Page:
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Longing for communion

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Like many others, I find social distancing to be a challenge. First, “distancing” is a strong word when you have young children. One of the benefits of social distancing is more time with my children —  and lots of it. We’ve had fun playing games, watching movies, sitting around bonfires, and sharing important events, including Easter, a birthday, and three visits from the tooth fairy (in four days). Sometimes I’m amazed at how little time it takes for someone to end up in tears. I am often reminded that togetherness and unity are not the same thing. I’m so grateful when my husband comes home from work; the world seems brighter when our family is together.

I call my mother almost every day. There is great comfort in connecting with one another. Sometimes I speak in hushed tones, so my children won’t hear me talk about current events with her. We share our sadness and anxieties as we discuss friends who are suffering from illness, job loss, or loneliness. Our conversations usually end with “I’m here if you need anything.” And, though we are miles apart, there is a sense of being one with each other.

Isn’t that the crux of the matter? We all long for, and are created for, union with others —  ultimately with God. We look for love, seek intimacy and yearn for touch. This is true in our vocations, in our families, and in our church.

Sadly, one of the effects of social distancing is our inability to participate in communal worship. The longer I am away from Mass, the more I miss the smell of lit candles, seeing familiar faces, the hymns that move my soul.  I yearn to receive Our Lord and to be in his presence — in his still, quiet presence.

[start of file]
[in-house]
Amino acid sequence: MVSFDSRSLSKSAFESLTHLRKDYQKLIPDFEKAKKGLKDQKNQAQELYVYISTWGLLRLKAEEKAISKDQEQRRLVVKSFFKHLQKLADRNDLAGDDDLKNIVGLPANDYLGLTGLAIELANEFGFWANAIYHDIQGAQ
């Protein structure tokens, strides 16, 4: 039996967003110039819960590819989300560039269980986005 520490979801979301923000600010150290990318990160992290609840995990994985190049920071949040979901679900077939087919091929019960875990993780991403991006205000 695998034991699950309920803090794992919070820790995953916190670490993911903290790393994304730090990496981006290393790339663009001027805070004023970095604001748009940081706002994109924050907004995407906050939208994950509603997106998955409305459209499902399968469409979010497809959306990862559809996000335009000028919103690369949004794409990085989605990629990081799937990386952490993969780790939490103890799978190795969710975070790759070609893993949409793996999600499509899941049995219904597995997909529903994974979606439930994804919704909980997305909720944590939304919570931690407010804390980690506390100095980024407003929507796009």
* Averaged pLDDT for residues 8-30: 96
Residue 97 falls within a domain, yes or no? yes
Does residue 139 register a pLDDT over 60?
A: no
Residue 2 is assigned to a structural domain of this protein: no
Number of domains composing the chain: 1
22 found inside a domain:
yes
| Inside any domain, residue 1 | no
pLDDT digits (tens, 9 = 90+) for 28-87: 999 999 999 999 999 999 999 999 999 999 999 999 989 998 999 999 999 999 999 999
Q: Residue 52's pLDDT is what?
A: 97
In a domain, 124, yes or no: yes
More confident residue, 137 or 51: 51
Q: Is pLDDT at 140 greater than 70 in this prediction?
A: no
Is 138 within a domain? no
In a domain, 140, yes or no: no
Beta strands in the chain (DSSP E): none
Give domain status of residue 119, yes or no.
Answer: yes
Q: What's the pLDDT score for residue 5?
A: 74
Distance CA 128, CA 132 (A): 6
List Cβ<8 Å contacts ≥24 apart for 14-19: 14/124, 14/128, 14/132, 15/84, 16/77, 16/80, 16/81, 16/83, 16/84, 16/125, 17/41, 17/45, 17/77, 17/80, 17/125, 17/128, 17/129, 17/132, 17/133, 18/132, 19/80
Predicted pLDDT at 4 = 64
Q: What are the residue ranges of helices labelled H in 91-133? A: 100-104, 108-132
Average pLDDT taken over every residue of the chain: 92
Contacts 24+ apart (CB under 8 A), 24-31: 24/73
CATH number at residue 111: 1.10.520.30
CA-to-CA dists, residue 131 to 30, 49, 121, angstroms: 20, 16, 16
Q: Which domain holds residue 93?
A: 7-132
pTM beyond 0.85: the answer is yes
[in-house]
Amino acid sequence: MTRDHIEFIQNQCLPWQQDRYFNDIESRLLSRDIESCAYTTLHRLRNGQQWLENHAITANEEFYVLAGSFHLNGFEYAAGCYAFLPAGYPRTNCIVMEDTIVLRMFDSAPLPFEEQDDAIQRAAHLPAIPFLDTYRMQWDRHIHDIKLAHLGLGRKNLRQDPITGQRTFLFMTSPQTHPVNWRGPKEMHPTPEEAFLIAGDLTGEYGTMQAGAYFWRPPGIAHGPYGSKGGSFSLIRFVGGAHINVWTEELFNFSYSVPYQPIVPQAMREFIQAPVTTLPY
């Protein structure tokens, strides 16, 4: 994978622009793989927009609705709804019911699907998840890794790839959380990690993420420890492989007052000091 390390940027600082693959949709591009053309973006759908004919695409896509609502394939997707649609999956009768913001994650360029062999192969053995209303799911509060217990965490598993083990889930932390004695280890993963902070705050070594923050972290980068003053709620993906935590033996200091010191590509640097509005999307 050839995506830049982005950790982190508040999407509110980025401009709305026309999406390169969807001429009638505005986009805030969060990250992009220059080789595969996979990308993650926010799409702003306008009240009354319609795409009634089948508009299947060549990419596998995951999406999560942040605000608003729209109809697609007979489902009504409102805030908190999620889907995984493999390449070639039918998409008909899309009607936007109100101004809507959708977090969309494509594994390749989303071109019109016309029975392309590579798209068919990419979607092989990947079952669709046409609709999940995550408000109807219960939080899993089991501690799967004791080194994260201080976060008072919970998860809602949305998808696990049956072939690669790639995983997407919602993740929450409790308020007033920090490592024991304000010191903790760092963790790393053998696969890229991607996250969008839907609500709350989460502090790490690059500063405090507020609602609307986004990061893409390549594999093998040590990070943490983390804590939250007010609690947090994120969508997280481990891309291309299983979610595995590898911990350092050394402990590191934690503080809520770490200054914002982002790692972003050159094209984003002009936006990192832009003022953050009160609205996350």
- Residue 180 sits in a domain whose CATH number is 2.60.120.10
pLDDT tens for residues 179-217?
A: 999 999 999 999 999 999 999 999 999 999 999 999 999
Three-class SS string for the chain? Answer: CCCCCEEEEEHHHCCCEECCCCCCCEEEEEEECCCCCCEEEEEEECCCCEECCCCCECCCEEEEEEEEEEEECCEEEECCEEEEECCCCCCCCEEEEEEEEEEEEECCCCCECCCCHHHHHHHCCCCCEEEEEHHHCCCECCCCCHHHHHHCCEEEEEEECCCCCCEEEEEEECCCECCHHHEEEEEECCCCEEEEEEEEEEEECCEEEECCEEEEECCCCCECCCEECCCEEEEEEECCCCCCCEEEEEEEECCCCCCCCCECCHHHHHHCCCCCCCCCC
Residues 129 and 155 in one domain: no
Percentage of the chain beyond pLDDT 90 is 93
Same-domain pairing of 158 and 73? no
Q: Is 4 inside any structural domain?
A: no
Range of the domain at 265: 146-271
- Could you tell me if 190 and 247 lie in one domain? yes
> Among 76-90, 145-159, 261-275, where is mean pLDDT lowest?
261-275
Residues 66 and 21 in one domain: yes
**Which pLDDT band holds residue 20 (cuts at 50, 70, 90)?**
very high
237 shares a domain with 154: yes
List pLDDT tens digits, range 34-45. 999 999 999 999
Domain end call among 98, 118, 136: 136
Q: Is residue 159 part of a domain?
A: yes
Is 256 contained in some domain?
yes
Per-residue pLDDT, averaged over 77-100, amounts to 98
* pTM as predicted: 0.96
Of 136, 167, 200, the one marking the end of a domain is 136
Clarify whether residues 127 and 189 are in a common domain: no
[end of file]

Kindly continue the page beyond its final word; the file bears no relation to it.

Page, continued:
Watching a livestreamed Mass isn’t the same. We are isolated from one another, from our churches and from our routines. Yet, at this time, we are not alone.  Our priests, directors of religious education, directors of youth ministry, parish staff, catechists, have all given tirelessly of themselves to ensure the ministries of our parishes continue to reach out and serve.

When this social distancing order is lifted, and public Masses resume, I’d like to think we’ll all come back with great enthusiasm. The reality is, it may take some longer than others to return. Many people will still need to distance themselves as they care for those who are high-risk. Some people may feel too disconnected with the church after this time away. We may need to rethink how we live our faith; and how we bring Christ into the world. Each one of us is not only capable but necessary for this great work of spreading the Word of the Lord.

We can invite neighbors and friends back to the church.  We can meet people where they are — and bring them what they need (both physically and spiritually). We can listen to them, share in their joys and sufferings, be present and accompany them. Each one of us may witness hope and faith, charity and joy. Now is our time to become ready.  We can practice with our own families and in our homes.

More and more, I am attuned to the needs of my children. I hear their longing to be with friends, to return to normal; I strive to bring them joy.  As our family worships together, I am grateful for God’s many blessings and comforted in our united faith. This year, I am especially struck by the beauty of spring unfolding before us, and I have hope that this pandemic will end. I better understand the needs of the homebound, their caregivers and those who face significant challenges.  I can’t help but think that we are in training for what lies ahead. We are being strengthened to bear witness and build community. In our longing to be together, let us find Christ in one another, and lead each other to greater union with our Lord — ultimately to communion. There, our hopes are fulfilled.

Lienhard is the director of the Catholic Education Center and special consultant for catechetics for the Diocese of Arlington.

 

© Arlington Catholic Herald 2020